Considering that ~26 million Americans have diabetes and an estimated 79 million have prediabetes, it is critical that we understand the role of expanding adipose tissue mass in the development of systemic metabolic dysfunction. However, many of the biochemical mechanisms underlying adipose tissue dysfunction remain unclear. Previously, we have detected S-(2-succinol)cysteine (2SC), also termed protein succination, a new chemical post-translational modification of proteins. 2SC is formed by reaction of the Krebs cycle intermediate fumarate with reactive cysteine residues in protein. Both fumarate and succination of proteins appear to be selectively increased in adipocytes in diabetes, impairing protein structure and function. The increase in fumarate develops as a result of excess fuel supply, accumulation of ATP and NADH, inner mitochondrial membrane (IMM) hyperpolarization and consequently feedback inhibition of the Krebs cycle. This proposal hypothesizes that the increase in protein succination is a novel mechanistic link between mitochondrial stress and the accumulation of misfolded proteins, contributing to endoplasmic reticulum (ER) stress in the adipocyte in diabetes. In addition, we propose that the succination of redox-active proteins modulates redox stress in diabetes. This project has 3 specific aims: (1) To examine the impact of fumarate accumulation and selective succination in the adipocyte; (2) To determine if succination mechanistically links mitochondrial and ER stress in the adipocyte; and (3) To examine the reactivity of fumarate with protein selenocysteines as a novel redox modulator. We plan to use a novel knockout mouse with selective fumarate accumulation in the adipose tissue. Upon completion of these studies, we will demonstrate the significant contribution of adipocyte protein succination to metabolic dysfunction in diabetes, with important implications for the development of novel therapeutic avenues for the treatment of mitochondrial diseases.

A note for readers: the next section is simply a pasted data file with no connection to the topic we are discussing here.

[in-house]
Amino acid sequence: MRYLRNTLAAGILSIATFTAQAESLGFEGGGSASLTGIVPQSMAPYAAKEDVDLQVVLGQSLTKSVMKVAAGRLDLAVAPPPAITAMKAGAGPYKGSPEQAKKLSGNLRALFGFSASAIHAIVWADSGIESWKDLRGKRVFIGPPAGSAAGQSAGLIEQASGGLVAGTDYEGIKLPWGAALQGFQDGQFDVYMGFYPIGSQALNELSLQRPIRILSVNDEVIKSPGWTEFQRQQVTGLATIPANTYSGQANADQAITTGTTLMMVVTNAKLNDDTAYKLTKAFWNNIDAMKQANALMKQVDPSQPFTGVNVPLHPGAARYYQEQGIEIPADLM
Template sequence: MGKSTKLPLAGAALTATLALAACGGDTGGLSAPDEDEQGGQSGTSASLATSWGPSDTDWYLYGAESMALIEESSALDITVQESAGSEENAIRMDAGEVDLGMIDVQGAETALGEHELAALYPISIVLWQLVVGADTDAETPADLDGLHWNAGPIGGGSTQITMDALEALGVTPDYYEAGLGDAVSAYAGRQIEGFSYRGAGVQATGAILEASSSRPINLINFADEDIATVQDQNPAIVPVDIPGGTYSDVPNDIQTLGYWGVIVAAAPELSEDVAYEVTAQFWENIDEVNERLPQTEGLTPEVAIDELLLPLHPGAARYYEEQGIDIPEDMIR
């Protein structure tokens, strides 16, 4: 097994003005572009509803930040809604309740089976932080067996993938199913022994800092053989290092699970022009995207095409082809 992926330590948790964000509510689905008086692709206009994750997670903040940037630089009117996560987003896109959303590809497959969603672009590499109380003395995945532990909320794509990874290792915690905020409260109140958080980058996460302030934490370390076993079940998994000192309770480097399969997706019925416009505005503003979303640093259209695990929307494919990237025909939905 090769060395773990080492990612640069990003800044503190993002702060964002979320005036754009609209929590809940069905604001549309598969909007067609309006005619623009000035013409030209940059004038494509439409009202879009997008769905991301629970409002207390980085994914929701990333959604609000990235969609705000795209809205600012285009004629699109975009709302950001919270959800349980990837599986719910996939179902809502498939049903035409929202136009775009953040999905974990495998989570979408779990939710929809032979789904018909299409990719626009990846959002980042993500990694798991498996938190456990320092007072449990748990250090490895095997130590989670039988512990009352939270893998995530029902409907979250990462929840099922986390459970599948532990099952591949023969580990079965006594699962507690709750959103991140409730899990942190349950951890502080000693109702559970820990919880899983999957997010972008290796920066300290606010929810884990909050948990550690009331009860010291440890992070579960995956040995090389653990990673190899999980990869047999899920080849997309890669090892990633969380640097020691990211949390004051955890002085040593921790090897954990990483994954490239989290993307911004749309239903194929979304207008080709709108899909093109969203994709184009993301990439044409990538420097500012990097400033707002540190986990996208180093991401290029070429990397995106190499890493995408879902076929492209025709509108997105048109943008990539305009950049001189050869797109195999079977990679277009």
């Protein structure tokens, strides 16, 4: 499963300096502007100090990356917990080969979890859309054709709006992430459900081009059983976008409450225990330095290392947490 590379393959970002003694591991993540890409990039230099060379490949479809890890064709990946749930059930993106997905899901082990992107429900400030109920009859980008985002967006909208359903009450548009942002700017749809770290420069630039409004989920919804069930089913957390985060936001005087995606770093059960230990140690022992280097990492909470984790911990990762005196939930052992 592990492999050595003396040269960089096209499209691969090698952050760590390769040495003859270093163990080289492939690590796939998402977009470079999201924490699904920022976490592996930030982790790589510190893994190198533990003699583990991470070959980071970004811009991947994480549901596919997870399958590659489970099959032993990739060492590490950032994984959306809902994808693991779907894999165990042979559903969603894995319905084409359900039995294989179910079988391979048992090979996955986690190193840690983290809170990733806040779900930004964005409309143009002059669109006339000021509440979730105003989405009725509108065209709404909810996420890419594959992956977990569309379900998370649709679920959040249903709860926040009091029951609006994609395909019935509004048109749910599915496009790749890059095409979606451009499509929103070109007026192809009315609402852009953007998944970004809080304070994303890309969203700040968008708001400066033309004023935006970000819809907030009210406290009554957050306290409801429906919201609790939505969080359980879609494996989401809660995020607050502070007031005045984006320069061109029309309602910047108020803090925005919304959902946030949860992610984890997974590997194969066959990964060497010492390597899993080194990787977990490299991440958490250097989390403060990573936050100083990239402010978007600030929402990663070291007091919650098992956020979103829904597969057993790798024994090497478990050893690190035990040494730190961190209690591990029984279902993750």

Public Health Relevance

The expansion of adipose tissue is associated with the development of insulin resistance and Type 2 diabetes. Given that ~26 million Americans have diabetes and an estimated 79 million have prediabetes, the role of expanding adipose tissue mass in the development of systemic metabolic dysfunction has received increased attention. However, many of the biochemical mechanisms underlying adipocyte metabolic dysfunction remain unclear. We will explore the early metabolic changes in the adipocyte and anticipate that these studies will lead to better targeted therapies for the early treatment of diabetes.

National Institute of Health (NIH)
National Institute of Diabetes and Digestive and Kidney Diseases (NIDDK)
High Priority, Short Term Project Award (R56)
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Cellular Aspects of Diabetes and Obesity Study Section (CADO)
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Haft, Carol R
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University of South Carolina at Columbia
Schools of Medicine
United States
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Manuel, Allison M; Walla, Michael D; Faccenda, Adam et al. (2017) Succination of Protein Disulfide Isomerase Links Mitochondrial Stress and Endoplasmic Reticulum Stress in the Adipocyte During Diabetes. Antioxid Redox Signal 27:1281-1296
Piroli, Gerardo G; Manuel, Allison M; Clapper, Anna C et al. (2016) Succination is Increased on Select Proteins in the Brainstem of the NADH dehydrogenase (ubiquinone) Fe-S protein 4 (Ndufs4) Knockout Mouse, a Model of Leigh Syndrome. Mol Cell Proteomics 15:445-61
Yang, Hao; Wu, Jiang W; Wang, Shu P et al. (2016) Adipose-Specific Deficiency of Fumarate Hydratase in Mice Protects Against Obesity, Hepatic Steatosis, and Insulin Resistance. Diabetes 65:3396-3409
Jeong, Ha-Won; Choi, Ran Hee; McClellan, Jamie L et al. (2016) Tribbles 3 inhibits brown adipocyte differentiation and function by suppressing insulin signaling. Biochem Biophys Res Commun 470:783-91